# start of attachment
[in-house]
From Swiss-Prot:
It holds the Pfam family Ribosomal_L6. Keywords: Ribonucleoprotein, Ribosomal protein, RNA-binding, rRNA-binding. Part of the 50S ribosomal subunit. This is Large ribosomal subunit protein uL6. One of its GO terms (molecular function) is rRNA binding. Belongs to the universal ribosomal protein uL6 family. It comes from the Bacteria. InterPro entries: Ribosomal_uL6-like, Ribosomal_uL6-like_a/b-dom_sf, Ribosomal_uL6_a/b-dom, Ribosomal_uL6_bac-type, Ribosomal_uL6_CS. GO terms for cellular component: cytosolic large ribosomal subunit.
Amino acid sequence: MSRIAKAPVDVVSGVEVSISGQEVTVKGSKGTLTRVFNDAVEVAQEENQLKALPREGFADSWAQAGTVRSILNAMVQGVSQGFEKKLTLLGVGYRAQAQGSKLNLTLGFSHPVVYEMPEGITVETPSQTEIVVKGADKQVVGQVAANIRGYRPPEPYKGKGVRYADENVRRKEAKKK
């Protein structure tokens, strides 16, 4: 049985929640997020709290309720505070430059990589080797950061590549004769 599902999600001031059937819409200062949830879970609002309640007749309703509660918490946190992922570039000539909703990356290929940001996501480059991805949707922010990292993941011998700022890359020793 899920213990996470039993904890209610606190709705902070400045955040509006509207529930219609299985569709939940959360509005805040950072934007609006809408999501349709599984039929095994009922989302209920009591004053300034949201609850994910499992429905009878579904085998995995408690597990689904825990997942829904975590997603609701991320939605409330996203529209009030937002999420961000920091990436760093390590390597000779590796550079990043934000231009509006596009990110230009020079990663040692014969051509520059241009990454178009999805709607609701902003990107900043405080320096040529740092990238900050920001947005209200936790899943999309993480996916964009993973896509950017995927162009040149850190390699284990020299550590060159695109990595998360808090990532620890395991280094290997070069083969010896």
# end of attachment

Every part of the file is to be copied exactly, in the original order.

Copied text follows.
[in-house]
From Swiss-Prot:
It holds the Pfam family Ribosomal_L6. Keywords: Ribonucleoprotein, Ribosomal protein, RNA-binding, rRNA-binding. Part of the 50S ribosomal subunit. This is Large ribosomal subunit protein uL6. One of its GO terms (molecular function) is rRNA binding. Belongs to the universal ribosomal protein uL6 family. It comes from the Bacteria. InterPro entries: Ribosomal_uL6-like, Ribosomal_uL6-like_a/b-dom_sf, Ribosomal_uL6_a/b-dom, Ribosomal_uL6_bac-type, Ribosomal_uL6_CS. GO terms for cellular component: cytosolic large ribosomal subunit.
Amino acid sequence: MSRIAKAPVDVVSGVEVSISGQEVTVKGSKGTLTRVFNDAVEVAQEENQLKALPREGFADSWAQAGTVRSILNAMVQGVSQGFEKKLTLLGVGYRAQAQGSKLNLTLGFSHPVVYEMPEGITVETPSQTEIVVKGADKQVVGQVAANIRGYRPPEPYKGKGVRYADENVRRKEAKKK
């Protein structure tokens, strides 16, 4: 049985929640997020709290309720505070430059990589080797950061590549004769 599902999600001031059937819409200062949830879970609002309640007749309703509660918490946190992922570039000539909703990356290929940001996501480059991805949707922010990292993941011998700022890359020793 899920213990996470039993904890209610606190709705902070400045955040509006509207529930219609299985569709939940959360509005805040950072934007609006809408999501349709599984039929095994009922989302209920009591004053300034949201609850994910499992429905009878579904085998995995408690597990689904825990997942829904975590997603609701991320939605409330996203529209009030937002999420961000920091990436760093390590390597000779590796550079990043934000231009509006596009990110230009020079990663040692014969051509520059241009990454178009999805709607609701902003990107900043405080320096040529740092990238900050920001947005209200936790899943999309993480996916964009993973896509950017995927162009040149850190390699284990020299550590060159695109990595998360808090990532620890395991280094290997070069083969010896």